China Officially Launches Critical Local Government Debt Swap — But Is The PBoC Really Just Issuing Treasury Bonds?Submitted by Tyler Durden on 05/19/2015 22:30 -0400
China has pitched its local government debt swap program as a way for heavily-indebted provinces to deleverage. Now that the program is officially off the ground, what are the implications for banks and for the PBoC?
"The borrowings of governments, households, companies and financial firms have risen in almost every big country around the world since the year 2000, relative to their GDP," The Economist notes. Here, graphed, is the evolution of the world's debt addiction from 2000 to 2014.
- Tsipras Endgame Nears as Greek Bank Collateral Evaporates (BBG)
- Shi'ite forces ordered to deploy after fall of Iraqi city (Reuters)
- Ratings agency Fitch to downgrade many European banks (Reuters)
- Bubble Blowing to Continue So Long as Yellen Isn’t Raising Rates (BBG)
- Greece's Debt Battle Exposes Deeper Eurozone Flaws (WSJ)
- Obama to set new limits on police use of military equipment (Reuters)
- China April home prices fuel hopes of bottoming out, but long road to recovery (Reuters)
- Hedge Funds Close Doors, Facing Low Returns and Investor Scrutiny (NYT)
- ASIC's Greg Medcraft 'quite worried' about Sydney, Melbourne house prices (Fin Review)
According to Fitch, nearly 40% of credit in China is outside bank loans, meaning that between forced roll-overs, the practice of carrying channel loans as "investments" and "receivables", inconsistent application of loan classification norms, and the dramatic increase in off balance sheet financing, the 'real' ratio of non-performing loans to total loans is likey far higher than the headline number.
As data on non-performing loans at Chinese banks shows the biggest sequential increase on record in Q1, Fitch wonders if perhaps the data actually obscures a far larger problem. Official figures on China's NPLs are obscured by a number of factors and may be grossly understated the ratings agency suggests. Furthermore, Fitch says "a protracted downturn in property markets could threaten the solvency of Chinese banks, given their modest loss-absorption capacity."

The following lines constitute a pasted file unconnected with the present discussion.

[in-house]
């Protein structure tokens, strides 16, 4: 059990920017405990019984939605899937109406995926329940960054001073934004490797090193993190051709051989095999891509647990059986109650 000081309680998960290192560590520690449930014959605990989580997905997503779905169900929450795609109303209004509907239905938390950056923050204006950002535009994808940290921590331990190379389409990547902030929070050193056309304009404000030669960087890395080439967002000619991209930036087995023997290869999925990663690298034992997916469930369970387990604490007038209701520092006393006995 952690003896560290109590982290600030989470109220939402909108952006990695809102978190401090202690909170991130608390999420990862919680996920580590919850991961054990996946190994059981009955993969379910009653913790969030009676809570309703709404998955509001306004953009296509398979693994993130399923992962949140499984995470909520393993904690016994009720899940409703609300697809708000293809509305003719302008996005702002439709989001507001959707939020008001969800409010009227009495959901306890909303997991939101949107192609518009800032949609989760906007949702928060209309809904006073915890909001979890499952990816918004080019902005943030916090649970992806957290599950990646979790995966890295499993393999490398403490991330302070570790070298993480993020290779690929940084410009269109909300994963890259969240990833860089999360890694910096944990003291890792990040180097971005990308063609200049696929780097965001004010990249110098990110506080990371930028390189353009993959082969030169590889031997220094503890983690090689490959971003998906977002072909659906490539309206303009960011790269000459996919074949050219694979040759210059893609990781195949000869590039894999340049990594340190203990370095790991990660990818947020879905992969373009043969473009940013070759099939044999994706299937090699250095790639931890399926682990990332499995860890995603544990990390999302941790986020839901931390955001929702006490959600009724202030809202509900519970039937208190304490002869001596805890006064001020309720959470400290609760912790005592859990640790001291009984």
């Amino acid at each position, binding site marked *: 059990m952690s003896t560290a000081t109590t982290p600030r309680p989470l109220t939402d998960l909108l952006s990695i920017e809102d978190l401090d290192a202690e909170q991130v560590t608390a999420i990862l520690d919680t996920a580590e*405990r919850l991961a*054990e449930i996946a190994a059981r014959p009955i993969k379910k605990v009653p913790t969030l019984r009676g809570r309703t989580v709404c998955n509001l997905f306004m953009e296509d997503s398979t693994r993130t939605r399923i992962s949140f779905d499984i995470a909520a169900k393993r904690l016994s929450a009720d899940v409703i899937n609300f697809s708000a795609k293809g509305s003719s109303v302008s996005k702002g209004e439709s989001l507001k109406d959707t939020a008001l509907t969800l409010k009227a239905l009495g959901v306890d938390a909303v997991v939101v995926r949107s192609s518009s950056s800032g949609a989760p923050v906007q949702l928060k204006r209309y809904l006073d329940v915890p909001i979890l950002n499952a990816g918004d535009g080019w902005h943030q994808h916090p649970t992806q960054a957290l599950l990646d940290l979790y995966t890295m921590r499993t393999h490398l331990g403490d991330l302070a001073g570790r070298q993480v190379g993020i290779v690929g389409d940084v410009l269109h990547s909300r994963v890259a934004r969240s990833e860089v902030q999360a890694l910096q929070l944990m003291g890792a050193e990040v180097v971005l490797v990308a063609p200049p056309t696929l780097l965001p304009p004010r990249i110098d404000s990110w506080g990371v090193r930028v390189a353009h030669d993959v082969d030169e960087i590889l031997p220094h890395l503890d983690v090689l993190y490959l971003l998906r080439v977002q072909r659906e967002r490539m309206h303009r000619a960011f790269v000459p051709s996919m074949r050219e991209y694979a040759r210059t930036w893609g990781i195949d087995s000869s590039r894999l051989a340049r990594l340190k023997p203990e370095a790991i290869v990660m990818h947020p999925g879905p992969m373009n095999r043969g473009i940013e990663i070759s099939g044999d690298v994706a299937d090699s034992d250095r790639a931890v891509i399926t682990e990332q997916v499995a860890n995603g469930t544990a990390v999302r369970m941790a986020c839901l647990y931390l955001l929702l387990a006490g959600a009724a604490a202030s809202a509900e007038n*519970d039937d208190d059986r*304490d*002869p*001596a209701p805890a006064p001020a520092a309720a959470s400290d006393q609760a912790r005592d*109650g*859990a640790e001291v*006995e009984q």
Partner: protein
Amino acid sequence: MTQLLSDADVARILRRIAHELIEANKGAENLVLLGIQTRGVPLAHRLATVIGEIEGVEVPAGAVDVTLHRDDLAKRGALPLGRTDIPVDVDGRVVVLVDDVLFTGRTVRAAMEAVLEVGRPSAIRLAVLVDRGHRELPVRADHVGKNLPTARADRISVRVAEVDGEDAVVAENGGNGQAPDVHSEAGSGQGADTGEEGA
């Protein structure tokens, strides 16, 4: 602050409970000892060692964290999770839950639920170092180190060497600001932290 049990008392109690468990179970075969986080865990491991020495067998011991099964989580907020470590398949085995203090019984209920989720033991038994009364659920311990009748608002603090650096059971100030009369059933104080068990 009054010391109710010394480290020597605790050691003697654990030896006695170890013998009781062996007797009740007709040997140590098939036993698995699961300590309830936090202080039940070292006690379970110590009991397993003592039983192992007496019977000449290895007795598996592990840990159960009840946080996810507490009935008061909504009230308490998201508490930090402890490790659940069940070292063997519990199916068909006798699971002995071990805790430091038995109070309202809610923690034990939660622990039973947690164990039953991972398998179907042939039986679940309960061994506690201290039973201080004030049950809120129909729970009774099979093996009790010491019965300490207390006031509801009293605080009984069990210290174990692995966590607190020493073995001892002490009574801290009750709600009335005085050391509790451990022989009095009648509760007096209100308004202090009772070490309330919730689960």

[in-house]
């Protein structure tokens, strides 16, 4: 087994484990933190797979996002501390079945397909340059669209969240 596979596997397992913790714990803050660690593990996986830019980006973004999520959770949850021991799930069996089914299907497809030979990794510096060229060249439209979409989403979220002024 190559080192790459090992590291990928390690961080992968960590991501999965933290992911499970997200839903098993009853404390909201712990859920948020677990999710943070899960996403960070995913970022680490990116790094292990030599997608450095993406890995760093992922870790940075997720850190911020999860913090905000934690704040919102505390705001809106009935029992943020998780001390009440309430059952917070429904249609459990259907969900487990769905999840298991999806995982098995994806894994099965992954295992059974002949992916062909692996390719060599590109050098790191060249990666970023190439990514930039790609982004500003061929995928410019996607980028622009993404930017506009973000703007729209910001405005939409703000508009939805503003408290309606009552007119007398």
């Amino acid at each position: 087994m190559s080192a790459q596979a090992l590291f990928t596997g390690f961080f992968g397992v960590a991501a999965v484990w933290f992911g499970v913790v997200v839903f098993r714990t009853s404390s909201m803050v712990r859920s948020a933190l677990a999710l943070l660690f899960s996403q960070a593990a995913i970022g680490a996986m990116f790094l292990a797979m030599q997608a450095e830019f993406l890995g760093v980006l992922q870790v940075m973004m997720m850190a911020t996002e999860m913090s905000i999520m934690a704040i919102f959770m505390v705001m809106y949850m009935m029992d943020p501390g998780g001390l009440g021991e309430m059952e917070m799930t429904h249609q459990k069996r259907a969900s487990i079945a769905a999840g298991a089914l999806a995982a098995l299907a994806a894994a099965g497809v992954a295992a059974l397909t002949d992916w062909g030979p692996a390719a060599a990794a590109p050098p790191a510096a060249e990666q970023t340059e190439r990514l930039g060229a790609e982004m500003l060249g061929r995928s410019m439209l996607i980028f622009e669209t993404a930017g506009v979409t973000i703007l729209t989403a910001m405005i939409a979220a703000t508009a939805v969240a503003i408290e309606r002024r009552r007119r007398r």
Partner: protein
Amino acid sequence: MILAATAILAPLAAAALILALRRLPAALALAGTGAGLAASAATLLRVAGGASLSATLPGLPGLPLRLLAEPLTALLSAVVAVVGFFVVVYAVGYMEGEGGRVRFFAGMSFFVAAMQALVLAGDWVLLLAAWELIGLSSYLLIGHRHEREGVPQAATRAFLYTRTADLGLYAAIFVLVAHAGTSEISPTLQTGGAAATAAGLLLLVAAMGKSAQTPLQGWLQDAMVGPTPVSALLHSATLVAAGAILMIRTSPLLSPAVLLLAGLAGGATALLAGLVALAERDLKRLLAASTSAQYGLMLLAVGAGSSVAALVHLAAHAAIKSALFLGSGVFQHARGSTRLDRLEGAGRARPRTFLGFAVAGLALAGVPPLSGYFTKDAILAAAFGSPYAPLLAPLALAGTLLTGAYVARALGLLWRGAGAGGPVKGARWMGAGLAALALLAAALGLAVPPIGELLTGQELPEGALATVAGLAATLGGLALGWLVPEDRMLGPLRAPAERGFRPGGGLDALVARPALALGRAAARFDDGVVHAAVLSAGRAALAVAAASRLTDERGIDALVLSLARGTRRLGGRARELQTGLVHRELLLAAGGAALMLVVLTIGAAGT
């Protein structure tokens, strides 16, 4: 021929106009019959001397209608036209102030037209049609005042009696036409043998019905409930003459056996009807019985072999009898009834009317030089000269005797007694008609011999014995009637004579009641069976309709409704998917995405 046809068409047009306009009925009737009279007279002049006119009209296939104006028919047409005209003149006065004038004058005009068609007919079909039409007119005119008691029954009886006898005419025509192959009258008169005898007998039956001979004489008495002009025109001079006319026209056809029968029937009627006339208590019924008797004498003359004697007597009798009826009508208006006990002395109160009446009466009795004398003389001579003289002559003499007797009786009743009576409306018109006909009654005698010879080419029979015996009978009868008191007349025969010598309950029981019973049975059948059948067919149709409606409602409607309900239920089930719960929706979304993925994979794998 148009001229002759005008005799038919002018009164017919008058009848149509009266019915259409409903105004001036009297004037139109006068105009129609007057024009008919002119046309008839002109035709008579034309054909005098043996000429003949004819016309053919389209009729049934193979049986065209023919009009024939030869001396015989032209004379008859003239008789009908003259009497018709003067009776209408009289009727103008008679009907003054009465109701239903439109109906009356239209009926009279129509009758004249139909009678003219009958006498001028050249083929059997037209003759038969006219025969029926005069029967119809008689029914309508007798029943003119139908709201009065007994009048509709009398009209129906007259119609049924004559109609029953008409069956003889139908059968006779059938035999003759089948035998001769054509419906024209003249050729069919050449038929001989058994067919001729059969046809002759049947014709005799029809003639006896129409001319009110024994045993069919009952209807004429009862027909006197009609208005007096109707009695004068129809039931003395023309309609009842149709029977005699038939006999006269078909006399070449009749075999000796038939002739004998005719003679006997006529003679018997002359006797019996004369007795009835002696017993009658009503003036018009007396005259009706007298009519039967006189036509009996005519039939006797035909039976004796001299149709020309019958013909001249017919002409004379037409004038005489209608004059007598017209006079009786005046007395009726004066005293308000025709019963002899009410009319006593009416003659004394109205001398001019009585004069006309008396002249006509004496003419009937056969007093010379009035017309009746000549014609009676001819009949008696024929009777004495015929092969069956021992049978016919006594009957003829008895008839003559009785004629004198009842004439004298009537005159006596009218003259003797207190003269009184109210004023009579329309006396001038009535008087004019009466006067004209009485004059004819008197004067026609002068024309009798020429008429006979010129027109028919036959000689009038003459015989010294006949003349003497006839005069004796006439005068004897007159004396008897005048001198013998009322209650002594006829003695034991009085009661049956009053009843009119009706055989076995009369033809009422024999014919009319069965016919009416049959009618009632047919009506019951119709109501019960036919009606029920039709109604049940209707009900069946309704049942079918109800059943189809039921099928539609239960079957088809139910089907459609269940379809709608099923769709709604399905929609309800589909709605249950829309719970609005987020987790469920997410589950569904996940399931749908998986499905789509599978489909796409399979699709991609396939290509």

If the U.S. economy really is improving, then why are big U.S. retailers permanently shutting down thousands of stores?
It has been a story of two markets so far, with China's Shanghai Composite up another 3% in today's continuation of the most ridiculous, banana-stand driven move of the New Normal (and there have been many ridiculous moves in the past 6 years) on the previously reported hints that the PBOC is gearing up to start its own QE, while Europe and the Eurostoxx are lagging, if only for the time being until Citadel and Virtu engage in today's preapproved risk-on momentum ignition, on Greek jitters, the same jitters that last week were "fixed"and sent Greek stocks and bonds soaring. Needless to say, neither Greek bonds nor stocks aren't soaring following what has been the worst week for Greece in months.
With the USDJPY's ascent to 125, 150 and higher having seemingly stalled just under 120, with concerns that the BOJ may not monetize more than 100% of its net debt issuance suddenly surfacing, the BOJ and the Nikkei would take any help they could get. They got just that an hour ago when Fitch downgraded Japan's credit rating from A+ to A, citing lack of sufficient structural fiscal measures in FY15 budget to replace deferred consumption tax increase.